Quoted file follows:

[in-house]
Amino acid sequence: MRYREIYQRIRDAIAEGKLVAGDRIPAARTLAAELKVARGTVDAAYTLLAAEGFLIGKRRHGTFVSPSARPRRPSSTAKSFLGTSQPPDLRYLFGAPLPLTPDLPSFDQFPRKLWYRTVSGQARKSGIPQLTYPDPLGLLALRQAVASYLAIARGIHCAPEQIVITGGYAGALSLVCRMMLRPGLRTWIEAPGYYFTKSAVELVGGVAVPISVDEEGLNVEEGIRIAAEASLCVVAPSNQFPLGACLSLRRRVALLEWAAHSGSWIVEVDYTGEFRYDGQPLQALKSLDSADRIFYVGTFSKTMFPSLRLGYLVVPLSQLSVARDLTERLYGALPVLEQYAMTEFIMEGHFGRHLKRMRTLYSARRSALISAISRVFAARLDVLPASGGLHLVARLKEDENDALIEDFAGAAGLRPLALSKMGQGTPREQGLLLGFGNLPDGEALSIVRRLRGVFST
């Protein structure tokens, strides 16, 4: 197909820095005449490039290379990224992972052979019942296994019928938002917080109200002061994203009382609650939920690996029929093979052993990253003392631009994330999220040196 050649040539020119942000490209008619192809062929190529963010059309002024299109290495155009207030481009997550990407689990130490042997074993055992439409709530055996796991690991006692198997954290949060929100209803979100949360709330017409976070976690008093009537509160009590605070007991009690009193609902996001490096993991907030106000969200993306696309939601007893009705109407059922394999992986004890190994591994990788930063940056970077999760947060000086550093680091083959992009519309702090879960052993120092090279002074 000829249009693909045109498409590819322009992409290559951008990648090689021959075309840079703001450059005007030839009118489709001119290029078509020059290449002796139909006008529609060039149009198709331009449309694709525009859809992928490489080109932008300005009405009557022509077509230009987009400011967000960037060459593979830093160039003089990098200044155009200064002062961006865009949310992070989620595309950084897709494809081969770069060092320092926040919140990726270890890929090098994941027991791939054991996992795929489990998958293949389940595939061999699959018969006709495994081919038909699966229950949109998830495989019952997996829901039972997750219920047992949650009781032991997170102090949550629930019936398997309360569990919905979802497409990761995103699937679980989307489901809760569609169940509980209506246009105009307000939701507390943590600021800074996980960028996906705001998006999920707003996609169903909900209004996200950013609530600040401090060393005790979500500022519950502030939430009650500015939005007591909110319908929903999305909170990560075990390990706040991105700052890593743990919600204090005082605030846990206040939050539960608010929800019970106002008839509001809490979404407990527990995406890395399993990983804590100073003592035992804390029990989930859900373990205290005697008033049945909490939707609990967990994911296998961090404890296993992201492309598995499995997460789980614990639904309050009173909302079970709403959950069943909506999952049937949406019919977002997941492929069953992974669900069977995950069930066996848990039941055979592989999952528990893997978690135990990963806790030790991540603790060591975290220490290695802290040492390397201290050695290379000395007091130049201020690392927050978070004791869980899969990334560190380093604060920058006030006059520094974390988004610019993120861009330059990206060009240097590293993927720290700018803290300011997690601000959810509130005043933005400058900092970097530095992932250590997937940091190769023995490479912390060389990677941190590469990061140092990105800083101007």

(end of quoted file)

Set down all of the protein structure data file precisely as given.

[in-house]
Amino acid sequence: MRYREIYQRIRDAIAEGKLVAGDRIPAARTLAAELKVARGTVDAAYTLLAAEGFLIGKRRHGTFVSPSARPRRPSSTAKSFLGTSQPPDLRYLFGAPLPLTPDLPSFDQFPRKLWYRTVSGQARKSGIPQLTYPDPLGLLALRQAVASYLAIARGIHCAPEQIVITGGYAGALSLVCRMMLRPGLRTWIEAPGYYFTKSAVELVGGVAVPISVDEEGLNVEEGIRIAAEASLCVVAPSNQFPLGACLSLRRRVALLEWAAHSGSWIVEVDYTGEFRYDGQPLQALKSLDSADRIFYVGTFSKTMFPSLRLGYLVVPLSQLSVARDLTERLYGALPVLEQYAMTEFIMEGHFGRHLKRMRTLYSARRSALISAISRVFAARLDVLPASGGLHLVARLKEDENDALIEDFAGAAGLRPLALSKMGQGTPREQGLLLGFGNLPDGEALSIVRRLRGVFST
């Protein structure tokens, strides 16, 4: 197909820095005449490039290379990224992972052979019942296994019928938002917080109200002061994203009382609650939920690996029929093979052993990253003392631009994330999220040196 050649040539020119942000490209008619192809062929190529963010059309002024299109290495155009207030481009997550990407689990130490042997074993055992439409709530055996796991690991006692198997954290949060929100209803979100949360709330017409976070976690008093009537509160009590605070007991009690009193609902996001490096993991907030106000969200993306696309939601007893009705109407059922394999992986004890190994591994990788930063940056970077999760947060000086550093680091083959992009519309702090879960052993120092090279002074 000829249009693909045109498409590819322009992409290559951008990648090689021959075309840079703001450059005007030839009118489709001119290029078509020059290449002796139909006008529609060039149009198709331009449309694709525009859809992928490489080109932008300005009405009557022509077509230009987009400011967000960037060459593979830093160039003089990098200044155009200064002062961006865009949310992070989620595309950084897709494809081969770069060092320092926040919140990726270890890929090098994941027991791939054991996992795929489990998958293949389940595939061999699959018969006709495994081919038909699966229950949109998830495989019952997996829901039972997750219920047992949650009781032991997170102090949550629930019936398997309360569990919905979802497409990761995103699937679980989307489901809760569609169940509980209506246009105009307000939701507390943590600021800074996980960028996906705001998006999920707003996609169903909900209004996200950013609530600040401090060393005790979500500022519950502030939430009650500015939005007591909110319908929903999305909170990560075990390990706040991105700052890593743990919600204090005082605030846990206040939050539960608010929800019970106002008839509001809490979404407990527990995406890395399993990983804590100073003592035992804390029990989930859900373990205290005697008033049945909490939707609990967990994911296998961090404890296993992201492309598995499995997460789980614990639904309050009173909302079970709403959950069943909506999952049937949406019919977002997941492929069953992974669900069977995950069930066996848990039941055979592989999952528990893997978690135990990963806790030790991540603790060591975290220490290695802290040492390397201290050695290379000395007091130049201020690392927050978070004791869980899969990334560190380093604060920058006030006059520094974390988004610019993120861009330059990206060009240097590293993927720290700018803290300011997690601000959810509130005043933005400058900092970097530095992932250590997937940091190769023995490479912390060389990677941190590469990061140092990105800083101007």